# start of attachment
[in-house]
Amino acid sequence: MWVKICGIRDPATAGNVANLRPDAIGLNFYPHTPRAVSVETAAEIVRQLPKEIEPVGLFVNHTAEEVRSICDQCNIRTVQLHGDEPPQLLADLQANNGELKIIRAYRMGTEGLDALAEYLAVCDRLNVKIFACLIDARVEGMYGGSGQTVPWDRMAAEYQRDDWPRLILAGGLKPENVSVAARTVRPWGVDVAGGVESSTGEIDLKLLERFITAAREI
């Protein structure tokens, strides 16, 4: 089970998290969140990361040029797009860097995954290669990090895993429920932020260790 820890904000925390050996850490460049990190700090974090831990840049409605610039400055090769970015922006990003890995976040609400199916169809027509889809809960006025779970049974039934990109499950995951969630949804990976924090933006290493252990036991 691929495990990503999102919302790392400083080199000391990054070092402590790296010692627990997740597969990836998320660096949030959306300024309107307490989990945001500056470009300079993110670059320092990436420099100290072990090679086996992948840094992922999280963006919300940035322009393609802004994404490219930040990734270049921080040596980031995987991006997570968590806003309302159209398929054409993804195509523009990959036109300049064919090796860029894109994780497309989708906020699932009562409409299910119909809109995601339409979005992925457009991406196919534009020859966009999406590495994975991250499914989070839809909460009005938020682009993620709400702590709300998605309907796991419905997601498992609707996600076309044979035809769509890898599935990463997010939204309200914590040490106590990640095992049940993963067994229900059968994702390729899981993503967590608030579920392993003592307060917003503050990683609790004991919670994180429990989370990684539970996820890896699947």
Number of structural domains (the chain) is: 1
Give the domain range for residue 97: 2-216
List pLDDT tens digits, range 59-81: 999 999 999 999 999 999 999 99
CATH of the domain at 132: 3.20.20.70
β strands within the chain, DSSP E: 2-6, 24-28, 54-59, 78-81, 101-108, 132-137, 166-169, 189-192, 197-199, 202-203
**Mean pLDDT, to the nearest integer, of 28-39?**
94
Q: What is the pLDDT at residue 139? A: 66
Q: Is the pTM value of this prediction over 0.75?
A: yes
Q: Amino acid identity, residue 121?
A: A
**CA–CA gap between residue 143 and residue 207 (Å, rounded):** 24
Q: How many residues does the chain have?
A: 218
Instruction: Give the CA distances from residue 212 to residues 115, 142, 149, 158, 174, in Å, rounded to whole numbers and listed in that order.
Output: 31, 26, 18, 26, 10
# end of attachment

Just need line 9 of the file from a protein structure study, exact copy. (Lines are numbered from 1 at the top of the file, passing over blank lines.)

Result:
**Mean pLDDT, to the nearest integer, of 28-39?**